If a song is written using the C Major scale (C D E F G A B), you are unlikely to see any sharps or flat signs.

But what if we were playing on a scale that used a lot of sharps or flat signs?

Having a lot of these notes can make it difficult to read the notes quickly. Take a look at the example below and how confusing the sharps signs are to read:

Key Signature1

This can be hard to read because even notes without the sharps may be sharp if the sign has already been used in the bar! There are two notes above that don’t have shape signs but are still shape notes!

Fortunately, there is a different way to write music that makes it easier to read.

The Key Signature basically takes all the sharps or flat signs you use throughout the bar and places them at the start.

Here’s the example above again, but this time using the key signature:

Key Signature2

Do you see all the sharps after the clef? This is the key signature.

What this means is that every time you see the sharp signs the key signature, it tells you to play these notes sharp from now on.

So the first sharp we see is on the top line, the F note, meaning that every time we see an F (in any octave), we need to play F# instead.

There are five sharp signs in this key signature, so there are five tones we need to remember to play them sharp instead of natural.

Here is a simpler example:

Key Signature3

This key signature has one flat note on the middle line, which represents the B note. This tells us to play B-flat instead of B from now on.

All the other notes stay the same, but when we get to the B note, we need to remember to play B Flat.

The key signature is not always used. Sometimes the person writing the sheet music will use the shapes and flats throughout the piece, while other people will use the key signature.

Like the time signature, the key signature can change at any time, so keep an eye out for any changes.

Reading Sheet Music – How to Read Tempo

The tempo of the song is usually indicated at the beginning of any sheet of music as shown below:

Tempo

This number tells us the number of beats per minute. So if the tempo mark shows 50, this means 50 beats per minute. If the tempo is 120 beats per minute, this means two counts per second.

If you want to know how fast any rhythm is, all you need is a metronome.

You can buy Metronom, but there are plenty of free apps you can use that do the same job.

Related Post: 6 Advantages of Practicing With a Metronome for Superior Results

The tempo of a song can change, so keep an eye on the tempo symbols throughout the music sheet.

How do you read musical symbols?

If you already know how to read the symbols used in Guitar TAB, you will find many of the symbols used in reading classical sheet music easier to read.

Below are the most common symbols you are likely to see and what they mean.

curved lines

A curved line can mean two different things. If a curved line connects two notes together of the same pitch, it is called a Tie:

Tie1

A Tie tells us that the second note is a continuation of the first. In other words, you keep holding that first note and you don’t play it again.

Ties can link notes together in the same bar and can also be moved to the next bar as shown below:

Tie2

In the example above, the last note in the bar continues to ring two counts in the second bar.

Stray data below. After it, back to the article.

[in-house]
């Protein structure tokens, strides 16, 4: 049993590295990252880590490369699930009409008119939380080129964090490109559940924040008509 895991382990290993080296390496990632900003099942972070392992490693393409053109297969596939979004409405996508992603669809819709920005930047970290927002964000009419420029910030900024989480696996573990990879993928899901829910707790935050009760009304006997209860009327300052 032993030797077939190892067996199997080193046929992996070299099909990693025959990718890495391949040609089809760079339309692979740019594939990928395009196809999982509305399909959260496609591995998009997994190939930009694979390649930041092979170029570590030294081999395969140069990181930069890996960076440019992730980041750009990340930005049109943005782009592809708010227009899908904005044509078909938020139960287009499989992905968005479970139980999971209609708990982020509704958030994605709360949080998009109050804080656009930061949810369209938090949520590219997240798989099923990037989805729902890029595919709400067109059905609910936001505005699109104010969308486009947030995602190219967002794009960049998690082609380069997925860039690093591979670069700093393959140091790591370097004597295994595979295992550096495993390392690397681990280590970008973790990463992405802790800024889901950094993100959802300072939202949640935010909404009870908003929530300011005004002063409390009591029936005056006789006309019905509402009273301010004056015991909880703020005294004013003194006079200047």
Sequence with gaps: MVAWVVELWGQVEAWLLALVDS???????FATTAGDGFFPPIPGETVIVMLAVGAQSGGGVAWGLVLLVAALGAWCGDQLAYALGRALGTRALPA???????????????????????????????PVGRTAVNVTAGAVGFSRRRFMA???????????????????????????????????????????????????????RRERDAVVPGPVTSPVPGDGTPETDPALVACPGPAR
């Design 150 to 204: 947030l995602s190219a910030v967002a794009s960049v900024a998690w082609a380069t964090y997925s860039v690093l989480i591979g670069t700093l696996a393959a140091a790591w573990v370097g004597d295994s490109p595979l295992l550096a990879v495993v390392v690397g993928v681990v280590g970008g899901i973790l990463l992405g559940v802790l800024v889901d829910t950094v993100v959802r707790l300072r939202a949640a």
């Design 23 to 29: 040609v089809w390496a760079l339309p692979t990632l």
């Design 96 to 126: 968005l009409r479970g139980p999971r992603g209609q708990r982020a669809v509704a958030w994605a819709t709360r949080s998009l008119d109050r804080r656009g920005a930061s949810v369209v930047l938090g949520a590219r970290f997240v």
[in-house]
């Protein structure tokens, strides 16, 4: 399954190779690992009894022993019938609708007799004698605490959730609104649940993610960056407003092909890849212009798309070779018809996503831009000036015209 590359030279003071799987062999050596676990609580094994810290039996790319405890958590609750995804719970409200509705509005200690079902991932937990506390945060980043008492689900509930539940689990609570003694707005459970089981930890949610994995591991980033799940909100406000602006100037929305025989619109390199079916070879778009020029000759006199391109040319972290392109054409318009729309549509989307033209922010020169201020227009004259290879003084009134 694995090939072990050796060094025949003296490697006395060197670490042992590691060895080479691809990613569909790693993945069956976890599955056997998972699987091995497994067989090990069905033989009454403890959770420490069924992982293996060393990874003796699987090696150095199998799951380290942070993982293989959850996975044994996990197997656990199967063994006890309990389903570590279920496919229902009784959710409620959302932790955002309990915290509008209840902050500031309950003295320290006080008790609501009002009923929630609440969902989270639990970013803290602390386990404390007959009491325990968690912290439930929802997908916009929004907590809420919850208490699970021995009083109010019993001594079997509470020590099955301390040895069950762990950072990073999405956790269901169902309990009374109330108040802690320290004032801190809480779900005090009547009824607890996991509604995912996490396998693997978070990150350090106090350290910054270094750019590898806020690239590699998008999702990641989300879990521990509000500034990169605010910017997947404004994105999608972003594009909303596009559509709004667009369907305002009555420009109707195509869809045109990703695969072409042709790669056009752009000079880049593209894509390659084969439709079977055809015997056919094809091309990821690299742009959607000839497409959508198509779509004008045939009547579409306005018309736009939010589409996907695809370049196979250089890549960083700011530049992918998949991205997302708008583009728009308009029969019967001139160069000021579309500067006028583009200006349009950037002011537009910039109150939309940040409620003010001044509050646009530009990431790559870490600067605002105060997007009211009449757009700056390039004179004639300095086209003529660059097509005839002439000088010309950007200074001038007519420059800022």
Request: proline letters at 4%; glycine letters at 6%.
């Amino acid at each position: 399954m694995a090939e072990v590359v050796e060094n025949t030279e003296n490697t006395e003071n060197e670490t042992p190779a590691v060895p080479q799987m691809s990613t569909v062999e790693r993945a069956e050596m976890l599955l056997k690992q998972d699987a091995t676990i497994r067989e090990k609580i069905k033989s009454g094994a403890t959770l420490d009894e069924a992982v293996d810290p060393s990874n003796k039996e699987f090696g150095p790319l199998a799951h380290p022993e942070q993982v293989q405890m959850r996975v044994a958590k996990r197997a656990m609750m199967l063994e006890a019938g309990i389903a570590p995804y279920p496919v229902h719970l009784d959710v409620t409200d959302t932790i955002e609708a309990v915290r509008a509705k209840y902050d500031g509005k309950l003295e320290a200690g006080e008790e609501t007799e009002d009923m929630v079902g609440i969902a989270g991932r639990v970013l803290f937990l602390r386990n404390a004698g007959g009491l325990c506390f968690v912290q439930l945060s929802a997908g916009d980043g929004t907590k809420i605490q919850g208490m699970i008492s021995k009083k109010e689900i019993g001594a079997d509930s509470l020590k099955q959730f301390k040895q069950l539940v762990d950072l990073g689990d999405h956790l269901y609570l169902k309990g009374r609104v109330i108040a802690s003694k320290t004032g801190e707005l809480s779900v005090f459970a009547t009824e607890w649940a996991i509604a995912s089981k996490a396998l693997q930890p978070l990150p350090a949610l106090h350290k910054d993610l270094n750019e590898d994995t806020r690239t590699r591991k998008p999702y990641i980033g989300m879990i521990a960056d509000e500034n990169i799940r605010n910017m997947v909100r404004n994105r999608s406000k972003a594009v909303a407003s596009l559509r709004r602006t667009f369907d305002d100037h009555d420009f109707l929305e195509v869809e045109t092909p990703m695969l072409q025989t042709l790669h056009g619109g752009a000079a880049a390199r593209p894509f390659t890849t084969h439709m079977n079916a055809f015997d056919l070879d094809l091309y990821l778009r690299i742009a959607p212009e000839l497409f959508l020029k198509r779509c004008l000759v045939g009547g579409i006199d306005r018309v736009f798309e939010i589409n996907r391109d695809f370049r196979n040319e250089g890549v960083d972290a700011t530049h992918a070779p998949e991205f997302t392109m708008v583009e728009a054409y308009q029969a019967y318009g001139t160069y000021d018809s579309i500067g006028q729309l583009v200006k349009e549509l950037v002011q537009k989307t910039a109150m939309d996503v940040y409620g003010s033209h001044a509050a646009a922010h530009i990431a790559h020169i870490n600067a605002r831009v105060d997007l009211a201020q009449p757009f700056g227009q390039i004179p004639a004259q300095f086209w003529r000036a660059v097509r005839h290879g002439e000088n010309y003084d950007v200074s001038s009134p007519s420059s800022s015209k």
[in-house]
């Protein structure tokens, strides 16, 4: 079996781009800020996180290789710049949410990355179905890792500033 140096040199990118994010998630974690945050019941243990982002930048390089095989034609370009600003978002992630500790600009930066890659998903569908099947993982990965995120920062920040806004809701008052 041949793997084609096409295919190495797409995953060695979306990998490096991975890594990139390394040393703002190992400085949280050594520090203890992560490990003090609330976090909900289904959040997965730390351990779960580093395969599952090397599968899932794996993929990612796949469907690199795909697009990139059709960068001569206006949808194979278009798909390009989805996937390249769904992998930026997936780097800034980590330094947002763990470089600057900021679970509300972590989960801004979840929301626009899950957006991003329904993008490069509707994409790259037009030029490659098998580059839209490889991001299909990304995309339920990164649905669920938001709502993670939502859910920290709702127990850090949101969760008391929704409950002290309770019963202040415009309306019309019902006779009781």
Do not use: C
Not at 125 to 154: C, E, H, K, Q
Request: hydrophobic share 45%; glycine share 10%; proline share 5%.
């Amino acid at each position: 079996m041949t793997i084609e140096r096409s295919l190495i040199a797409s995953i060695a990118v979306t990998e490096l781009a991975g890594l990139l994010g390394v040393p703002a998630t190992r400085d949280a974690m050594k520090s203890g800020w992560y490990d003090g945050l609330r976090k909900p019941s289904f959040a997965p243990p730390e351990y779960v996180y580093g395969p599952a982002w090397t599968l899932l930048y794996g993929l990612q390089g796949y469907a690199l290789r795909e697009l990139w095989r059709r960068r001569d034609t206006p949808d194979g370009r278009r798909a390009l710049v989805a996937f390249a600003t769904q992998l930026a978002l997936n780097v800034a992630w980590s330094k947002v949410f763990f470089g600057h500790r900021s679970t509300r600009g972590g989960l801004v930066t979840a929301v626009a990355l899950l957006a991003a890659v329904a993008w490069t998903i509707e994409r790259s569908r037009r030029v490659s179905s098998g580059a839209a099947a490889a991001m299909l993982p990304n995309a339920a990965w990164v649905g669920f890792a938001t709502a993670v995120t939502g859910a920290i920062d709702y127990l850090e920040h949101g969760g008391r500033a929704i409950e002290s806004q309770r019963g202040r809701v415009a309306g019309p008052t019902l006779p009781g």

To calculate the total length of a note, you can add the lengths of all the notes connected to the tie (more than two notes can be linked together).

If the curved line connects different tones together (two or more), then this is a legato symbol.

Tie3

Legato is when you play the first note, but don’t play the next. Hammer-on, slide, and pull-off are all forms of legato.

Sometimes, an H or S is written along with a curved line to tell you to play a hammer-on or slide as shown below:

Tie4

If you see a diagonal line connecting the notes as well as a curved line as shown below, this tells you that you are playing the slide:

Tie5

Repeat Signs

When a part of the song is repeated over and over, instead of writing the bar multiple times, the repeat sign can be used.

There are two parts of the repeat sign: start and end as shown below:

repeat sign1

Double vertical lines and colons are used at the beginning and end of the section to be repeated.

The example above tells us to play the four notes, then play them again before moving on to the next bar.

You can repeat a single bar or repeat a long section. The dots are always inside the bar lines in the section to be repeated.

If a bar is to be repeated more than twice, it will tell you a number above the repeat sign as shown below:

repeat sign2

This example tells us to repeat the bar three times before we continue.

Alternate Endings

Oftentimes, something will be repeated many times, and then on the last time, there will be little change.

Instead of having to type the entire section, we can use alternate endings to repeat everything except the last bar.

repeat sign3

What the above example means is that for the first two times, the first two bars are repeated. Then the third time, you play the first bar, then skip forward and play the third bar.

Alternate endings may seem confusing at first, but they make reading music much easier as you can seriously reduce the number of pages it takes to write a song.

Summary

There are plenty of other symbols used in music, but the examples above should give you enough to read classical sheet music.

Since most sheet music available today offers a combination of sheet music and Guitar TAB, you may find learning both methods useful.

Speaking of useful, if you find this post is useful please consider sharing it with your friends on Pinterest: